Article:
More on the kindness in a minute. But this did make me think – obviously we laugh at this sort of snobbery now, particularly when it’s so hard to see the nuances that bothered them so much. But I wonder if it has been replaced with other sorts of things – codes that we are used to in our families, and can’t imagine making new relations outside of that perimeter. This struck me when the topic of humour came up – I certainly wouldn’t say I looked down on people who had a completely different sense of humour from me, but it would make forming close bonds very difficult. We may feel angry with Dora and Jim from our 21st-century vantage (agreeing with the character who says “how God must laugh at our divisions of classes. We must look like children arranging books by the colour of their covers instead of their contents”) but that is to miss the point of the contemporary setting, perhaps? Any seismic class shift in England was still around forty years away.

The strength of this novel doesn’t lie, though, in this moral maze. It’s in the Osbornes – not Dora and Claude by Claude’s parents. I loved hearing all your suggestions for happy marriages the other day (and keep meaning to reply, not least because some of them certainly don’t meet my mental criteria!) and here is certainly one. Eddie and Mrs O (as they call each other) have one of the most beautiful marriages I’ve ever read about – and Benson treads just on the right side of saccharine for the reader to swallow it. They have been together since they had little, but in their riches want no more than each other’s company, laughing at the same weak family jokes that have occupied them for decades. There is a little wisdom in them, but only really a little – mostly, Benson paints strengths of character and, yes, kindness.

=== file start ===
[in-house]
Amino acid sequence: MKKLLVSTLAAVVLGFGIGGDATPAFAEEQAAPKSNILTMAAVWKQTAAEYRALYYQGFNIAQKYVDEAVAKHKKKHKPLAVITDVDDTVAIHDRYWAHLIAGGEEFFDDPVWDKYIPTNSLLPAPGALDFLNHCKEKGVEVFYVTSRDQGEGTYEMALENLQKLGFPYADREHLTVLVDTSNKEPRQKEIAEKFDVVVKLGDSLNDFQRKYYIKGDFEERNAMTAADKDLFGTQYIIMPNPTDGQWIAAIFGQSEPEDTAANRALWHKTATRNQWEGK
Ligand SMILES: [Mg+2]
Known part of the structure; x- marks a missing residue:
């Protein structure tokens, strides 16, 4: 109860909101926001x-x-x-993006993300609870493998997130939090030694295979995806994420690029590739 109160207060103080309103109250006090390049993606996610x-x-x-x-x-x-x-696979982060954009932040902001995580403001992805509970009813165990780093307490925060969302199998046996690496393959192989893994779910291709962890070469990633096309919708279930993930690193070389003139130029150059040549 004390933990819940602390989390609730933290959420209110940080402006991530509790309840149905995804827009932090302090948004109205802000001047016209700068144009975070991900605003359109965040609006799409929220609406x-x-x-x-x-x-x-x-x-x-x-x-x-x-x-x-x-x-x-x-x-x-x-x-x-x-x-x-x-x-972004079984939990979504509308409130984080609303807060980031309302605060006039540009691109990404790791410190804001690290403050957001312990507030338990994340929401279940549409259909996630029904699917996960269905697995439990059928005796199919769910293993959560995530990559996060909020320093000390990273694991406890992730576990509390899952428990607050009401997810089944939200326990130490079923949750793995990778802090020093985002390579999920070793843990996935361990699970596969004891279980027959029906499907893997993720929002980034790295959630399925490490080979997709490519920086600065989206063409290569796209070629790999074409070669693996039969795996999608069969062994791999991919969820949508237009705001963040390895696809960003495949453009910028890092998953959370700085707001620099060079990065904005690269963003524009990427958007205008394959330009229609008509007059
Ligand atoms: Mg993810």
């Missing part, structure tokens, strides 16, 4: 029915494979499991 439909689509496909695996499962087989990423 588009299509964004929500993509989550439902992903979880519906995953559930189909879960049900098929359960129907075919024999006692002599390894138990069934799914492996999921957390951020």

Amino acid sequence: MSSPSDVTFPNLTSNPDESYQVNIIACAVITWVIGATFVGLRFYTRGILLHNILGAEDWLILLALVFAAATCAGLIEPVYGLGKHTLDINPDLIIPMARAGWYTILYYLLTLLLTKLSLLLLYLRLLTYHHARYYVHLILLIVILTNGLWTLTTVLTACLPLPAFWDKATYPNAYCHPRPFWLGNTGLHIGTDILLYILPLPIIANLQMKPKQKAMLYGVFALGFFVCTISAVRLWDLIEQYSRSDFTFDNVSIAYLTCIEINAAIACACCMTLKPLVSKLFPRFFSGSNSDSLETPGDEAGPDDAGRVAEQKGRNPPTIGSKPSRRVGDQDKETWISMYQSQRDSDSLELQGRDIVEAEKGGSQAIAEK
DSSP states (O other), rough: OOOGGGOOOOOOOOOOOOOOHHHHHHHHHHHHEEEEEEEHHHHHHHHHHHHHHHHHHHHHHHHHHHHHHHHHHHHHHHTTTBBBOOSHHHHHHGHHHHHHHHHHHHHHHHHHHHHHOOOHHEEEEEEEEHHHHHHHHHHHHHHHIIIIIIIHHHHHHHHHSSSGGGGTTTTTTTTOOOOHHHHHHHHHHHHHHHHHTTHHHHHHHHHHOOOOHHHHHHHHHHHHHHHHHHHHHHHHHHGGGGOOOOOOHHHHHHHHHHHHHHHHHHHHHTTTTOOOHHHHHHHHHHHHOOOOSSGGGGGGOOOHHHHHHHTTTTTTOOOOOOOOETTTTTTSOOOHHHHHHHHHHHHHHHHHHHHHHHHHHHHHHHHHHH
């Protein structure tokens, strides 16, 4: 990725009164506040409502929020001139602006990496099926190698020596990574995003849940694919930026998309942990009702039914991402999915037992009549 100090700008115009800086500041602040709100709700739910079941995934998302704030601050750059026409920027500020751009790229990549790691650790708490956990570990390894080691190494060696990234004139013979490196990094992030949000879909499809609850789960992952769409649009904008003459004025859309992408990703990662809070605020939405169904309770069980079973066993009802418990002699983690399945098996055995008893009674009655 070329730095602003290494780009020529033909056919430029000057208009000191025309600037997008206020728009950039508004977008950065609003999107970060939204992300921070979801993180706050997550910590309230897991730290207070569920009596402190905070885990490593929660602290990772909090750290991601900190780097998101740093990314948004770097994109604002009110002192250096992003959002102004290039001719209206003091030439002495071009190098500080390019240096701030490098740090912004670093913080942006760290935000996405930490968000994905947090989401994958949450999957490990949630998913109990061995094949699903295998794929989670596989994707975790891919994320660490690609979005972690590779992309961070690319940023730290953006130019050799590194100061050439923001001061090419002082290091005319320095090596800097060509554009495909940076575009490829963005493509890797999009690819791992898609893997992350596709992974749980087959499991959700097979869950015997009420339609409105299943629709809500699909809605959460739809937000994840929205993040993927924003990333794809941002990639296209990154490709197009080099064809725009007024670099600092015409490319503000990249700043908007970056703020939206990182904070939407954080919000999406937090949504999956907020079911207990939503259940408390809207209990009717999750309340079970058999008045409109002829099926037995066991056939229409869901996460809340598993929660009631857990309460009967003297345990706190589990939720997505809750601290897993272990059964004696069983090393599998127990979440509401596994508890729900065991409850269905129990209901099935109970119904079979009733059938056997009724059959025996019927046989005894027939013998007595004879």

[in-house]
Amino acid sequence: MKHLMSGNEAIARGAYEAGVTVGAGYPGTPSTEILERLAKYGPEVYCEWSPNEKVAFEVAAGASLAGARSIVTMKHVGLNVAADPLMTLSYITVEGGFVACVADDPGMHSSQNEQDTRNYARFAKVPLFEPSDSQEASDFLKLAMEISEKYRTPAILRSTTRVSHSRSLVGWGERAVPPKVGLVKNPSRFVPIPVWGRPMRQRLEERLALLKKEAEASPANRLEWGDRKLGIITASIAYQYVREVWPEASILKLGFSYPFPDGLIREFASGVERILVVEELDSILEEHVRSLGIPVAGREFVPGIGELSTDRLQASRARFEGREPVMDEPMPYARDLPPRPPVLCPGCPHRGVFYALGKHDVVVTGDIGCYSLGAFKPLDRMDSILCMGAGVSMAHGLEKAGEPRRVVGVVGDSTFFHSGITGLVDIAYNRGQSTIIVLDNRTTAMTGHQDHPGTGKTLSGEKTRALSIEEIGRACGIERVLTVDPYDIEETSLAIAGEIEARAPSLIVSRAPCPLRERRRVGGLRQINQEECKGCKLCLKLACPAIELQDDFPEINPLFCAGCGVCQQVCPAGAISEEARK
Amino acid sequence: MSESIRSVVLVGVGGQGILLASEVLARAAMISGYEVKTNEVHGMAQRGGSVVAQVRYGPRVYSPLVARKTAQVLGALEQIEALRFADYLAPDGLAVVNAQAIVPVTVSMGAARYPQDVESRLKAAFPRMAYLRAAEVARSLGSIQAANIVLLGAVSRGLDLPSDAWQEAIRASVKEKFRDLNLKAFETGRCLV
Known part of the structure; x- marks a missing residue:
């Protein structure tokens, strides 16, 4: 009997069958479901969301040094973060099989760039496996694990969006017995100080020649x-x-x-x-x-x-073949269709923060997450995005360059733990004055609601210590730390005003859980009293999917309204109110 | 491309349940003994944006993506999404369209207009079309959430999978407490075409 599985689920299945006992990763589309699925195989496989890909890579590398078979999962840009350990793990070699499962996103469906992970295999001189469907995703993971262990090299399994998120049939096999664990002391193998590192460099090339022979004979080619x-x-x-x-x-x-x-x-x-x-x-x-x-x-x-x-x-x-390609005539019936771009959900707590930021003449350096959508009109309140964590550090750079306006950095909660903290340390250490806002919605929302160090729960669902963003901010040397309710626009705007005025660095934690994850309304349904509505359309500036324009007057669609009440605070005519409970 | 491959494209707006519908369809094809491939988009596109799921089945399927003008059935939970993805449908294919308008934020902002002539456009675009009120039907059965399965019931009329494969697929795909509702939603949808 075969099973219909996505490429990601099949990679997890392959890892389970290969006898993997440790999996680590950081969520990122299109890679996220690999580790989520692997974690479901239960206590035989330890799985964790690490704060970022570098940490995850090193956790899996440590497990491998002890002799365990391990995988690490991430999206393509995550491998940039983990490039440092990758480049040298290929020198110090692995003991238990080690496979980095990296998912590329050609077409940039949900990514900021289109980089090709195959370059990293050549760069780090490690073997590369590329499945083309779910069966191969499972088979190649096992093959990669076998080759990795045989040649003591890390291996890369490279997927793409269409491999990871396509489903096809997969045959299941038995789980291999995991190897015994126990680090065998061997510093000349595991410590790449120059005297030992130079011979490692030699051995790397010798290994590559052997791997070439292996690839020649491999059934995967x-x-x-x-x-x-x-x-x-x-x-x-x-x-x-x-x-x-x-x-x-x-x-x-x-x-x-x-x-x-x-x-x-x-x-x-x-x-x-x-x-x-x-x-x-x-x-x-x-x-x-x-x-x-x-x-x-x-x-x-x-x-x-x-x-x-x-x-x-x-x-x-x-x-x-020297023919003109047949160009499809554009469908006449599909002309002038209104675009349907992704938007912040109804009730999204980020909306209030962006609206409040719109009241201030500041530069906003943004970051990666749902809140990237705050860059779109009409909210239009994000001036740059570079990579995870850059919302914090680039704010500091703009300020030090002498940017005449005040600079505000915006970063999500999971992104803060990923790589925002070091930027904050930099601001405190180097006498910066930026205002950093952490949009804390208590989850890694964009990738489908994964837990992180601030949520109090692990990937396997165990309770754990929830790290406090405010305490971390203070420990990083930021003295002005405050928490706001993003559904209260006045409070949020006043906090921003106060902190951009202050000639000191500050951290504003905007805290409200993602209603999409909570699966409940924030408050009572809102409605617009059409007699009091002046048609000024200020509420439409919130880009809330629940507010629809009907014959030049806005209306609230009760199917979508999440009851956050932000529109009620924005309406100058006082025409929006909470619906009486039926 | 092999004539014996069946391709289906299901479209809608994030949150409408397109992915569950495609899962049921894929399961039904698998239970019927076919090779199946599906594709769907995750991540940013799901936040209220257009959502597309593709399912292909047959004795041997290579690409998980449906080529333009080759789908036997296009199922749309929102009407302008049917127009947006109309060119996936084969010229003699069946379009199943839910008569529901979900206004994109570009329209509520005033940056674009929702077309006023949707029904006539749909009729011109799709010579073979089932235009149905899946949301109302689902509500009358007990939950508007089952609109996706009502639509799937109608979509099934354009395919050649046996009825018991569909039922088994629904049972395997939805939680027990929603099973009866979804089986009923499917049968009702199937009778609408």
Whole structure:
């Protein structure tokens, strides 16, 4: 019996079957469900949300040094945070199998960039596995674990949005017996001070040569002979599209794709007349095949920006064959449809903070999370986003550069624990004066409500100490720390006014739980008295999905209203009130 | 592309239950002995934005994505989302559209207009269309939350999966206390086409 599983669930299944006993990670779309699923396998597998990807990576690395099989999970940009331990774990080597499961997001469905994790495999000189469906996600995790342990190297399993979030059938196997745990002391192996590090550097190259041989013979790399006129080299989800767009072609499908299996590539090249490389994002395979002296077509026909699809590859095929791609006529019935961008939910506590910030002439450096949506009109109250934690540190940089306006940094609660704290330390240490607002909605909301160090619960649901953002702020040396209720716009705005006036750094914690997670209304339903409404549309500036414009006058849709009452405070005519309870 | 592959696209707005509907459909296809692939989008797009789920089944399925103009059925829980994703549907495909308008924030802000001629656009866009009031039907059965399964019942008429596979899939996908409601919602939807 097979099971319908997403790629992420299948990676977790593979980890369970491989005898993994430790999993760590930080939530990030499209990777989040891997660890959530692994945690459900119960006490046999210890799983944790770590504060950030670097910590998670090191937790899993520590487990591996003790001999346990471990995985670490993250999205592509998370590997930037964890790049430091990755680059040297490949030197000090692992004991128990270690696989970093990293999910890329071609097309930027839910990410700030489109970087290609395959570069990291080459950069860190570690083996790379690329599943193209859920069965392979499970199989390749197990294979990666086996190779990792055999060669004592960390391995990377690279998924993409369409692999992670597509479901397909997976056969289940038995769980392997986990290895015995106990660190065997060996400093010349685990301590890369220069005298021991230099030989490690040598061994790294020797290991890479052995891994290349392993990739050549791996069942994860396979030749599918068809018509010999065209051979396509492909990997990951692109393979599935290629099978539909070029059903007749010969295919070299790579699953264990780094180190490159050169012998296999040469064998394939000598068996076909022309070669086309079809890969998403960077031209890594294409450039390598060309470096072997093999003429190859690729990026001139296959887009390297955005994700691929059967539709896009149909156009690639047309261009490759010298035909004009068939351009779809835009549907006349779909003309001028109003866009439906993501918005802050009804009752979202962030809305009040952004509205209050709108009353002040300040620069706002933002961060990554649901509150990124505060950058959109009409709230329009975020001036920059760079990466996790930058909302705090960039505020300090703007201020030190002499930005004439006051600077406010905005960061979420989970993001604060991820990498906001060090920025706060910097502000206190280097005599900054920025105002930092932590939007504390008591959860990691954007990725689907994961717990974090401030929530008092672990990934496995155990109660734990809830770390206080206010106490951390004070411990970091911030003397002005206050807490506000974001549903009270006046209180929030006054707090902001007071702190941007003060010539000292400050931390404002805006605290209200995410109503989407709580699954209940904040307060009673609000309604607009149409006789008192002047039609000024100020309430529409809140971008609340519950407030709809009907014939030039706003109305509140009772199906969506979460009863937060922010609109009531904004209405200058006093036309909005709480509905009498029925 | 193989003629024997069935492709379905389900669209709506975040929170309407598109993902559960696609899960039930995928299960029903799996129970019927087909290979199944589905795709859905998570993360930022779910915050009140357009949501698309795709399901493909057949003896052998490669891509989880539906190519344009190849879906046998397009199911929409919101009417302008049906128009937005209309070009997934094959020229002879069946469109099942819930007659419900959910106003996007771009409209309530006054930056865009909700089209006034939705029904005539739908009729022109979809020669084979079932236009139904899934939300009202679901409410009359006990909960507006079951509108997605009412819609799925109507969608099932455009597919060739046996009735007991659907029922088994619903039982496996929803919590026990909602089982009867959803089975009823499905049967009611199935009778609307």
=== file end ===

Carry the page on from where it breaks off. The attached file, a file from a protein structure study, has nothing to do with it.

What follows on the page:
His wickedly funny cynical side doesn’t emerge in this novel, and an unkind reader might think there are moments in here that are too sentimental – but either I was beguiled by the beautiful French countryside, or Benson manages to get away with it. He remains funny throughout, and dodges a tricky societal quandary by having a bit of an easy out in the end, but somehow the ingredients all add up to another delightful offering from a pen that doesn’t seem able to do anything but delight.

Note: I accidentally wrote ‘Osbournes’ every time in my initial version of this post – thanks for noticing, Tony!

Daisy’s Aunt by E.F. Benson

I have so many E.F. Benson books on my shelves – they’re not tricky to pick up in secondhand bookshops, if you’re patient – but almost all of them are unread. Besides the excellent Mapp and Lucia series, which I’ve read twice (though not for years), I’ve only read Secret Lives. And I thought it was about time that I remedied that. I’m so glad I did – Daisy’s Aunt (1910) is faintly ridiculous, but entirely enjoyable.

Daisy's Aunt

The opening scene, and opening paragraph, is classic Edwardian insouciance of the variety that Benson does charmingly:

Daisy Hanbury poked here parasol between the bars of the cage, with the amiable intention of scratching the tiger’s back. The tiger could not be expected to know this all by himself, and so he savagely bit the end of it off, with diabolical snarlings. Daisy turned to her cousin with a glow of sympathetic pleasure.